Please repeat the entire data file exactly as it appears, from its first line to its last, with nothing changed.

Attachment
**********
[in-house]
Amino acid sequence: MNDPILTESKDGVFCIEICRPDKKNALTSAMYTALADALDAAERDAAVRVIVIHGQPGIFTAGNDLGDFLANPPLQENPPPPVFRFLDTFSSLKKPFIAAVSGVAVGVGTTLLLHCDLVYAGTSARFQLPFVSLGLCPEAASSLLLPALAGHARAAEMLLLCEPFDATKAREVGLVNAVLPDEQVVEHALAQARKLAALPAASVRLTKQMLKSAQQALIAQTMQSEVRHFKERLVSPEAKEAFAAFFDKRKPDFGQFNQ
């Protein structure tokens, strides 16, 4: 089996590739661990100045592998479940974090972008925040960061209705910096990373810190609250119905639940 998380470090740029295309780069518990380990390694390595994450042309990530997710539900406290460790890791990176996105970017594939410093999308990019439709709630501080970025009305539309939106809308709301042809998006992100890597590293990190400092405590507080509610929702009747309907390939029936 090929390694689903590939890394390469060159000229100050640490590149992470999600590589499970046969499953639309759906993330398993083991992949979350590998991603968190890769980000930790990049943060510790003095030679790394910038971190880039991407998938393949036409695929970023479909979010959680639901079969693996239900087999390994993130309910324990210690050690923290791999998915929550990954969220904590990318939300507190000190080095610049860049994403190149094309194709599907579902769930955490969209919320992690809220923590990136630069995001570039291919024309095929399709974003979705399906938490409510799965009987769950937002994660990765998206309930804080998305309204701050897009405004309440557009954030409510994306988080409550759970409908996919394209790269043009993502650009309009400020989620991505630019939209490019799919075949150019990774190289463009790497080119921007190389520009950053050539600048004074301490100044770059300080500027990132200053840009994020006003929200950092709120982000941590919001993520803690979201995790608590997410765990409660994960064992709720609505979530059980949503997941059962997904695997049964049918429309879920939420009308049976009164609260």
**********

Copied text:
[in-house]
Amino acid sequence: MNDPILTESKDGVFCIEICRPDKKNALTSAMYTALADALDAAERDAAVRVIVIHGQPGIFTAGNDLGDFLANPPLQENPPPPVFRFLDTFSSLKKPFIAAVSGVAVGVGTTLLLHCDLVYAGTSARFQLPFVSLGLCPEAASSLLLPALAGHARAAEMLLLCEPFDATKAREVGLVNAVLPDEQVVEHALAQARKLAALPAASVRLTKQMLKSAQQALIAQTMQSEVRHFKERLVSPEAKEAFAAFFDKRKPDFGQFNQ
């Protein structure tokens, strides 16, 4: 089996590739661990100045592998479940974090972008925040960061209705910096990373810190609250119905639940 998380470090740029295309780069518990380990390694390595994450042309990530997710539900406290460790890791990176996105970017594939410093999308990019439709709630501080970025009305539309939106809308709301042809998006992100890597590293990190400092405590507080509610929702009747309907390939029936 090929390694689903590939890394390469060159000229100050640490590149992470999600590589499970046969499953639309759906993330398993083991992949979350590998991603968190890769980000930790990049943060510790003095030679790394910038971190880039991407998938393949036409695929970023479909979010959680639901079969693996239900087999390994993130309910324990210690050690923290791999998915929550990954969220904590990318939300507190000190080095610049860049994403190149094309194709599907579902769930955490969209919320992690809220923590990136630069995001570039291919024309095929399709974003979705399906938490409510799965009987769950937002994660990765998206309930804080998305309204701050897009405004309440557009954030409510994306988080409550759970409908996919394209790269043009993502650009309009400020989620991505630019939209490019799919075949150019990774190289463009790497080119921007190389520009950053050539600048004074301490100044770059300080500027990132200053840009994020006003929200950092709120982000941590919001993520803690979201995790608590997410765990409660994960064992709720609505979530059980949503997941059962997904695997049964049918429309879920939420009308049976009164609260």